“We had to send him to ‘real school’ recently. We realised he could tie every nautical knot but he couldn’t tie a shoelace. He’s never worn lace up shoes”.
I loved it. I think I will always remember that.
I wondered what a childhood like that would be like. What people it will create. And I am sure it will be a rare breed - kids who are well rounded and well travelled. Kids who play hard and equally, who learn real life lessons that can’t be trapped in the pages of a book.

Sunday, May 27, 2012

How to make a boat a home

Is it human nature to want to mold your environment to reflect your presence? I find that even in the small confines of a boat, with the big beautiful world around us as an infinite yard/playground, we are still looking internally at what about the boat we can alter, change or add to.

We've been visiting lots of other boat-homes and I am inspired, amazed and surprised by what personal touches and innovative designs people have managed to create within a severely limited space.

We bought our boat out of charter. It's previous life was a week in week out transport of tourists, whose aim was to motor to as many beautiful places as possible in the shortest possible time. As chartering is expensive, the aim was always to get as many bodies on board as possible, to share costs.

So Shiloh hosted eight guests at any given time, fully utilising her 4 berths (beds) and 4 heads (bathrooms). She did her job well and made it through the constant turnaround for over 7 years fairly unscathed.

Now that we have moved aboard, we have completely different needs. 4 heads is almost ridiculous. Even in large suburban homes, 4 bathrooms is an overkill. We've got an ensuite for each bedroom, even though these bedrooms are smaller than the average walk-in closet!

We have no shelving, no knick knacks, no clutter. And though that is great, the boat is still looking less loved, less lived in than others.

We will definitely add things as we go, but there comes a point where boat owners have to decide how much to alter or change. Structurally speaking, removing bathrooms involves plumbing and throughhulls and can get complicated. Changing one of the berths into a storage or living space can also be quite complicated, not to mention expensive.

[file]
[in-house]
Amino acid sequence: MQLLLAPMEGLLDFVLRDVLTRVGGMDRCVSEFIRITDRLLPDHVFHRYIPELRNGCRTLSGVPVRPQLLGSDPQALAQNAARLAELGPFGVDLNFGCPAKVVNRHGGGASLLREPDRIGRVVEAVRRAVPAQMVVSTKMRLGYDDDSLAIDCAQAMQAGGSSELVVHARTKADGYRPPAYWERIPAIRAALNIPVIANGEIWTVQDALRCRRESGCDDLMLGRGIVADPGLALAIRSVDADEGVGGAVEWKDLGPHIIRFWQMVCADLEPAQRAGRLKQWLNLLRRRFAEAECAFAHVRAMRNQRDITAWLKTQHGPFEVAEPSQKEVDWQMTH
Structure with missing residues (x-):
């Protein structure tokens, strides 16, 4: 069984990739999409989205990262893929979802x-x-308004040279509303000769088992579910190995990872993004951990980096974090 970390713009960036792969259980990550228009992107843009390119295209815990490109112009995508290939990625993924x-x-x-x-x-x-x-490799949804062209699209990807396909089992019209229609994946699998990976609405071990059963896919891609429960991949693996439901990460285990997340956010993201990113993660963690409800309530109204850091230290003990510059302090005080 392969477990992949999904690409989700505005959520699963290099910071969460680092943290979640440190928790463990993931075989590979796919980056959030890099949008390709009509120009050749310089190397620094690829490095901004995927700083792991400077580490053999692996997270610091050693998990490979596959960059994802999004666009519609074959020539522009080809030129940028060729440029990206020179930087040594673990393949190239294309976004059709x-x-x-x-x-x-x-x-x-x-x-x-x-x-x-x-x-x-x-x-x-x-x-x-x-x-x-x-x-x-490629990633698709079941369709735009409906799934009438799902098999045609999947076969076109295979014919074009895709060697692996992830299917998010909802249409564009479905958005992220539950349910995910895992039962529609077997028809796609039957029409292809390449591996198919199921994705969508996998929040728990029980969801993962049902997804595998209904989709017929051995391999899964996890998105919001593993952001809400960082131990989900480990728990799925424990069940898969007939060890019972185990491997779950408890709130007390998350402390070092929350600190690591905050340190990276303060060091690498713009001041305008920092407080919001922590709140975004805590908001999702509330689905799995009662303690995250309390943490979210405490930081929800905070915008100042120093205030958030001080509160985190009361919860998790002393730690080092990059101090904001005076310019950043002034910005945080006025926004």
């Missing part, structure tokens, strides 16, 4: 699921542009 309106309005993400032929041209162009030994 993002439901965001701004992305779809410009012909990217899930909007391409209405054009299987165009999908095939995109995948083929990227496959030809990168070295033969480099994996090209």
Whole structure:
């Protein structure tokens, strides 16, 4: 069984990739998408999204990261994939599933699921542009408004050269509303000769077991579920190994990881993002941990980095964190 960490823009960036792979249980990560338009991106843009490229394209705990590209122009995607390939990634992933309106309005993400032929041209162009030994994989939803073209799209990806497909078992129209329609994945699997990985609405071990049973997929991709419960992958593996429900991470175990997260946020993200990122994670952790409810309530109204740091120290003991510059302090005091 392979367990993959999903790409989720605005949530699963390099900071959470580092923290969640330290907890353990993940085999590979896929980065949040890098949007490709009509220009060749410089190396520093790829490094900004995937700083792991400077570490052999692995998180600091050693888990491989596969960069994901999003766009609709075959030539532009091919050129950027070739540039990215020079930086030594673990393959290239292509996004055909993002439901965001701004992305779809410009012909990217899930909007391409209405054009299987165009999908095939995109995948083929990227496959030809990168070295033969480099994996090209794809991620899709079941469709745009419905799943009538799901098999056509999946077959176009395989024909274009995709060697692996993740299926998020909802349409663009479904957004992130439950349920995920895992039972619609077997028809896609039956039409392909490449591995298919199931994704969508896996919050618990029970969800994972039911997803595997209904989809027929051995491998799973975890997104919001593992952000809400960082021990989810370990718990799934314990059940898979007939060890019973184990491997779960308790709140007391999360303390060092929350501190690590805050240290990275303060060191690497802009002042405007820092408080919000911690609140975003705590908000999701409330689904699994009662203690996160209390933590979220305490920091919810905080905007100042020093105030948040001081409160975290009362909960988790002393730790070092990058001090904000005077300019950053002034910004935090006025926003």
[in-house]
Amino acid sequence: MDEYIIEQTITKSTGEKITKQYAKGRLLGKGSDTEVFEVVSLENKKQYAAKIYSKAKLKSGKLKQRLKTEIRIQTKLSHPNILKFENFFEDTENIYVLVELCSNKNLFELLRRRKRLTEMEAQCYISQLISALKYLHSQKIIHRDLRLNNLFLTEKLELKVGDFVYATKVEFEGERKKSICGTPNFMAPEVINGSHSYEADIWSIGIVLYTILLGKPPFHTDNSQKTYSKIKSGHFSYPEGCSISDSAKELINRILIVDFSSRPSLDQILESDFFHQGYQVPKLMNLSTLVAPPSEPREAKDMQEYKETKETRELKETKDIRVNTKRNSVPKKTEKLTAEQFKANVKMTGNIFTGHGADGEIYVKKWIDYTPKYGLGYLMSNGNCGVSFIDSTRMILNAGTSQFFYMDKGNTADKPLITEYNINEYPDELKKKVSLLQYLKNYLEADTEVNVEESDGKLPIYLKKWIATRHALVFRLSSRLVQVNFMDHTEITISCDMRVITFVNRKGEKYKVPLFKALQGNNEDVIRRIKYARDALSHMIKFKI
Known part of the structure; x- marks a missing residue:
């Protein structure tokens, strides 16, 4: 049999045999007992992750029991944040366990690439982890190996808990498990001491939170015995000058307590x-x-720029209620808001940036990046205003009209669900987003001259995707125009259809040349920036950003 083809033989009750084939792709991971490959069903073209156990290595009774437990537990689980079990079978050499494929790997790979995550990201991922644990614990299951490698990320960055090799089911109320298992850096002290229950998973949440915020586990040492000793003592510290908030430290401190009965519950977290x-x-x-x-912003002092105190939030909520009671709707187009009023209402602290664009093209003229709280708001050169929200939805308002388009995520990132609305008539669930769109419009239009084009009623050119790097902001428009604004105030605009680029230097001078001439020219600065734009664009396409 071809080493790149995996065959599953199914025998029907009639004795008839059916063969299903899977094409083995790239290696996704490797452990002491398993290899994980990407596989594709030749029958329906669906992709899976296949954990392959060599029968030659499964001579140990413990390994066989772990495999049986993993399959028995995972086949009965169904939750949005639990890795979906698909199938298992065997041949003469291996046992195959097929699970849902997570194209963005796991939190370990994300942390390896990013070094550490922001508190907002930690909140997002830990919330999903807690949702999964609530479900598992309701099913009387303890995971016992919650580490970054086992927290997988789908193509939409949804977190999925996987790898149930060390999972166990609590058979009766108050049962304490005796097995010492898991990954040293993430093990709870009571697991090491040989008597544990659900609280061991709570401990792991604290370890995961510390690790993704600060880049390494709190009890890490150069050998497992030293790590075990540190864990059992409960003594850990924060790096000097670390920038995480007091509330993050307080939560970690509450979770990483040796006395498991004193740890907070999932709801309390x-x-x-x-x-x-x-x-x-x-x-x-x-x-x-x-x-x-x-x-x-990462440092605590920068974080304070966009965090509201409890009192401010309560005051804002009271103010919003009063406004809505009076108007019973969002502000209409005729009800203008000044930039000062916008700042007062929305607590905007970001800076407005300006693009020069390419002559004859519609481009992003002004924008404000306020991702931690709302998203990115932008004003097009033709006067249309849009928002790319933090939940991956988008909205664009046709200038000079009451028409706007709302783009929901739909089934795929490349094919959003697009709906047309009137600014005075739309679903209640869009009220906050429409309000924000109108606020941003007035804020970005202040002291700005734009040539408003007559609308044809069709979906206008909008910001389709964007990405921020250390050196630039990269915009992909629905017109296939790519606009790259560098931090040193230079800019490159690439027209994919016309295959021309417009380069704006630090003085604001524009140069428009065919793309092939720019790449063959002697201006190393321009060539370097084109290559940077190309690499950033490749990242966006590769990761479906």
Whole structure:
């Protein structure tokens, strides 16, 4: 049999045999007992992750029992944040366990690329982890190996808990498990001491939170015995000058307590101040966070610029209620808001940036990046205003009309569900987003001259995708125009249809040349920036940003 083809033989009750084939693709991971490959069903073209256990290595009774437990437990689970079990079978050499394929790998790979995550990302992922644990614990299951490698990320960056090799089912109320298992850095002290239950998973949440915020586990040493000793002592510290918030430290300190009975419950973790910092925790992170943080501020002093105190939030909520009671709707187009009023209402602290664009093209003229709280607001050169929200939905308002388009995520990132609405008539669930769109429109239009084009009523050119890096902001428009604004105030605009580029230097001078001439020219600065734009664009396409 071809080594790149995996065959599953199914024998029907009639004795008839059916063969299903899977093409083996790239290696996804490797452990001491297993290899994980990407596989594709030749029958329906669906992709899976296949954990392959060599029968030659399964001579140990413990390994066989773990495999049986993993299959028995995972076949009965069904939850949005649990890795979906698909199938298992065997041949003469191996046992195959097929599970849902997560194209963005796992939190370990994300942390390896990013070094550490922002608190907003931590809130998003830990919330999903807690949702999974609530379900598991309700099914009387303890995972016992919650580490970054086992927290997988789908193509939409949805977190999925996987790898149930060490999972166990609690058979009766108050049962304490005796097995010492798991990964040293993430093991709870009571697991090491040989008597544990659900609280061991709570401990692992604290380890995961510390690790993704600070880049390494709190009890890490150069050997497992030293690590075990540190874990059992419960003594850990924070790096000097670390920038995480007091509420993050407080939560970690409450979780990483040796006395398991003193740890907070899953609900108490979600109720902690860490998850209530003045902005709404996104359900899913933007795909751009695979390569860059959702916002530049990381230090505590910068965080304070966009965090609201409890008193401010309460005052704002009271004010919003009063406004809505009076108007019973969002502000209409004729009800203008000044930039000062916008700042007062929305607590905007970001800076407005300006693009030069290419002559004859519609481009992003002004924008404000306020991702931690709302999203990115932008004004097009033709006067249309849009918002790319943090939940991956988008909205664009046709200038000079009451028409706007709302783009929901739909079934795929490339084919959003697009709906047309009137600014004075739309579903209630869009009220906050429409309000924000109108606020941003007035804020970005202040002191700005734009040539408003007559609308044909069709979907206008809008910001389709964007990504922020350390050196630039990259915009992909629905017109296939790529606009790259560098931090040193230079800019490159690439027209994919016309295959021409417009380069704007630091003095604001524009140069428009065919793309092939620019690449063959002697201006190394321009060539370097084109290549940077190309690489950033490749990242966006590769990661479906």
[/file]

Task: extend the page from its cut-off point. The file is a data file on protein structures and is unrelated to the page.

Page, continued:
But this is our home and we plan to be with Shiloh for quite a while. So she is worth our best efforts.

The question is where to draw the line. Can we change the colour of the interior wood or even change the surfaces altogether? Should we recover the lounge suite cushions with leather?

The list gets longer, the longer we live aboard.

Installing the new dodger
 We have already added some practical things like a clear dodger above the cockpit so that we don't get soaked during rainstorms and high seas. We've added side panels as well for a cozier and less wet experience at anchor. We added nice white vinyl cushions on the outdoor seating area.

I'm sure we'll continue bit by bit over the months and years.

All around us the turquoise sea holds us afloat and captures our senses. Palm trees wave from the shore. But I guess that a home is always something we need to create, no matter how beautiful our surroundings nor how small the residence.

Friday, May 25, 2012

Castaways with roasted goat

There’s something quite primitive about roasting a whole animal over a rudimentary fire on an uninhabited island.
 But at yesterday’s goat roast on Hog Island, the condiments, cold ice and decanted wine made it all that much more modern.
A friend of ours decided that it would be a great idea to buy a goat from a nearby farmer and meet up with a crowd to eat, drink and be merry. And we all agreed. And it was.
 And due to the enormity of meat on the average Grenadian goat, we will have the second roast this afternoon.
It is a Friday afternoon, and yesterday was Thursday, and none of us was worried about rush hour traffic or property taxes or our gym membership.